Preparing your horse for Winter

The leaves are changing, the air is getting cooler, horse blankets have come out of storage and the time of snow, frozen ground and cold temperatures is going to be upon us in no time. We are struggling with the schizophrenic weather patterns of fall and trying to blanket/not blanket, clip/not clip, bring in/leave out according to our best guess of the what the weather might decide to do.  I am not sure if you can tell, but I have a love/hate relationship with the fall. I love the comfortable temperatures and the bright colored leaves crunching under foot during our late afternoon rides, but I hate the constantly changing weather patterns and the threat of the upcoming winter.

With horses,winter is probably the season that requires the most preparation in terms of general care. Early fall is a good time to start thinking about what you need to do to make sure that your horse is as safe and comfortable as possible this snow season. Here are some important points to consider in your “winterizing”hay

  • Hay: High quality forage is the most important aspect of your horse’s diet. You should feed your horse approximately 2% of its body weight in hay. I recommend higher quality hay such as timothy, orchard grass or alfalfa mixes. Hay is CRITICAL for keeping your horse’s GI tract healthy. Also, the fermentation of the hay also helps keep your horse warmer!! So don’t skimp on the hay, ever. If you do not have a continuous supply of hay lined up for the winter months, now might be a good time to get that on “lock down.” Some people buy all of their hay in the fall, this is a great way to make sure that you don’t run out. If you choose to do this, make sure it is properly and safely stored. Trust me….I have literally been begging people in the parking lot of the feed store to help me track down alfalfa hay in the middle of January (don’t worry, I got my horse some hay). But that was an experience that I would rather not repeat. Lesson learned. All my hay for the winter is sitting happily in the hay loft this year.

drinking

  • Warm water: Water is KEY!! Horses can’t drink ice, and sometimes they won’t drink the ice cold water. Make sure to provide warmish water all the time. There are several types of heating elements available to keep water buckets from freezing. Plan what you will use and have it ready for the first freeze. Impaction colic is a very common complication associated with decreased water intake. Colic is awful. The headache of providing warm water is much less than dealing with a colicing horse. Water, water, everywhere!!!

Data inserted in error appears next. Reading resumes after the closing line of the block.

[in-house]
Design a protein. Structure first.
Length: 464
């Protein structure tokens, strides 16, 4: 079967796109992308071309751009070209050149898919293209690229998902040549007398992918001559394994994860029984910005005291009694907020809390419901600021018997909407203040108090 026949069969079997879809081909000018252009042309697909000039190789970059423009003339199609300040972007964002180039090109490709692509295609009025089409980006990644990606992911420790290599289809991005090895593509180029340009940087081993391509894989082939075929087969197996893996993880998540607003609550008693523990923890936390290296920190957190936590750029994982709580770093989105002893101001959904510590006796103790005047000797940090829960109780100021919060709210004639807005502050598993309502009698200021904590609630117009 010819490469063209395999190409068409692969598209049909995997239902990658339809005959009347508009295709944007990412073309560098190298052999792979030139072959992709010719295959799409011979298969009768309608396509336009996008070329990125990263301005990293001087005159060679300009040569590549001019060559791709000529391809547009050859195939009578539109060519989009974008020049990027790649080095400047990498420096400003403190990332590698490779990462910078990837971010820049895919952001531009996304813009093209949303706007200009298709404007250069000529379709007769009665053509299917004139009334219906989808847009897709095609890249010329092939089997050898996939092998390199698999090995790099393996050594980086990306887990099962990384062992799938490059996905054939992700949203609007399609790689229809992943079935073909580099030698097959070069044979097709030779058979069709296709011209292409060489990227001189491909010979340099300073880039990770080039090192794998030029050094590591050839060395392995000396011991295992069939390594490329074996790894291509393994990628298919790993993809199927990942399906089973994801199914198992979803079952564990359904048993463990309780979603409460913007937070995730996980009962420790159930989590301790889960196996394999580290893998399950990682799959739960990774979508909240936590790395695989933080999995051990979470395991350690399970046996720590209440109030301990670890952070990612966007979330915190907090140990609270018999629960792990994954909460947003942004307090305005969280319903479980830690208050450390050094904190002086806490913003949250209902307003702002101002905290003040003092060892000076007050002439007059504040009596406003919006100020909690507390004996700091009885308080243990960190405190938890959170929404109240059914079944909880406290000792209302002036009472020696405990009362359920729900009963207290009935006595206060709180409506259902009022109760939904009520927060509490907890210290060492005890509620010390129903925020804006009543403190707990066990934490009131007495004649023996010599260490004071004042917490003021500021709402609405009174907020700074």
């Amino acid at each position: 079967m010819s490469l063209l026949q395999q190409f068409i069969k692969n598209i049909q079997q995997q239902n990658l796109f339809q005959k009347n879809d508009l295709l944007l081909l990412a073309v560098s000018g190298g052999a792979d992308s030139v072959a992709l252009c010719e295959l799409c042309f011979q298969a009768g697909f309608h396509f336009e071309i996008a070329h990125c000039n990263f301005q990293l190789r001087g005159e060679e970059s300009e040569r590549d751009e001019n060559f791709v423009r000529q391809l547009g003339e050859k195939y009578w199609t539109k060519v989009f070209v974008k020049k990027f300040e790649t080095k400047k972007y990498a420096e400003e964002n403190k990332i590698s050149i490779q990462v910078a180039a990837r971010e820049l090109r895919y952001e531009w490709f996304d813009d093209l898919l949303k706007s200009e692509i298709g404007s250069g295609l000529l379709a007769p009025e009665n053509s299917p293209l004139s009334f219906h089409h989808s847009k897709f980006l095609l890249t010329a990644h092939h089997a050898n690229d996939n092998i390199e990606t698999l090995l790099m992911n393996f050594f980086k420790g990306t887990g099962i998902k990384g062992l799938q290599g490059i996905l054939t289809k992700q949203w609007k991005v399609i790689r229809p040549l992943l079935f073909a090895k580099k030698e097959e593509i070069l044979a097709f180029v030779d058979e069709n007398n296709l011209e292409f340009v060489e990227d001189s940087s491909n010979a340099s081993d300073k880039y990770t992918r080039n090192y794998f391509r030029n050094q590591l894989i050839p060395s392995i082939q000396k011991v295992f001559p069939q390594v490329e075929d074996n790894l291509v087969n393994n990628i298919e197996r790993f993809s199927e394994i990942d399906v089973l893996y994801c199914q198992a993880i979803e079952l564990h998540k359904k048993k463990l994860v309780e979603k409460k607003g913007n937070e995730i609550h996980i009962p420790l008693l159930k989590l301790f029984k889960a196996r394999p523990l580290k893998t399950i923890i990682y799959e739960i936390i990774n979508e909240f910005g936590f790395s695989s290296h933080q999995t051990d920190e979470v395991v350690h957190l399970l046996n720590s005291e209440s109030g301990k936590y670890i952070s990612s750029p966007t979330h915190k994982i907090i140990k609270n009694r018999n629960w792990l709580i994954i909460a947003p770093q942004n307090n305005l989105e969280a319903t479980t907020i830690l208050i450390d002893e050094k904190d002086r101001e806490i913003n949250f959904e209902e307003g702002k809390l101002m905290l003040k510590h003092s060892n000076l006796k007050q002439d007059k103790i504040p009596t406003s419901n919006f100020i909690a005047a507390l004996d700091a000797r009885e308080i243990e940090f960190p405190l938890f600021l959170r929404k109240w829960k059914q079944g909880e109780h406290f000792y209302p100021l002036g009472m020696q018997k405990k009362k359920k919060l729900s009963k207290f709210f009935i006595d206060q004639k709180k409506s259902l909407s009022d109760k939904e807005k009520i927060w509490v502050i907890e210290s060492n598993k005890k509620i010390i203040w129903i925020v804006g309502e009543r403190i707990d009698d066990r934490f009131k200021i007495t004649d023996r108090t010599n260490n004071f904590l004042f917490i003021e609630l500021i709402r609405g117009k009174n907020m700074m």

blanket

  • Blankets: The age old question “To blanket, or not to blanket?” In the words of Dr. Lydia Gray “In general, horses with an adequate hair coat, in good flesh and with access to shelter probably do not need blanketed. However, horses that have been clipped, recently transported to a cold climate, or are thin or sick may need the additional warmth and protection of outerwear.” So, there it is folks!! I am totally guilty of throwing numerous blankets on my horse simply because I feel guilty that he is standing out there in temperatures that make me cringe just to think about. But in reality, horses generally do not require these copious amounts of outerwear that we guilt ourselves into believing they do. However, horses that are body clipped, ill, very thin, or recently transported to a colder climate will require some attire.
From: children4horses.blogspot.com

From: children4horses.blogspot.com

  • Body clipping: If your horse produces significant amounts of sweat during exercise, it may be necessary to body clip. Some helpful hints for body clipping: patience, clipper lube, and more patience. If you are doing a trace clip or some other complex design, do not be in a hurry. I also recommend having newly sharpened blades on hand. Dull blades will leave your horse looking a bit striped and uneven. If you need to body clip your horse make sure that you have adequate blankets and change them according to the appropriate temperature.

arena

 

  • Exercise: This is always a good thing, for everybody, but especially your horse. Take caution when riding outdoors because the frozen ground can be hard and sometimes slippery. If you have an indoor, you are lucky, and make sure to take care of it when it is getting some extra usage throughout the winter months. Turnout is very important. Just because there is snow on the ground, does not mean that your horse needs to stand in a stall. Get your horses outside…they will thank you for it, I promise. If your horse has shoes on, work with your farrier to come up with the best option for your horse and the climate. Some horses may need snow pads or shoes with borium. With regular shoes snowballs will form, making your horse look like it is walking on stilts. This can be dangerous so make sure to be diligent about snow ball removal if you do not chose to use special shoeing. Since I have never lived in a climate where the snow was on the ground long enough for snow pads or borium shoes, I have learned some trick to remove those pesky snow balls. Pam spray on the soles of your horses feet, warm water and a heavy-duty hoof pick is key (the regular ones just don’t cut it).

barn cat

  • Don’t forget about the other critters that live in your barn. Let the cats and dogs sleep in the tack room on those cold nights and make sure that they have plenty of food and water.

 

Now that you are all finished with your winter preparations….go out on a hack and enjoy the gorgeous colors of fall. Happy riding!!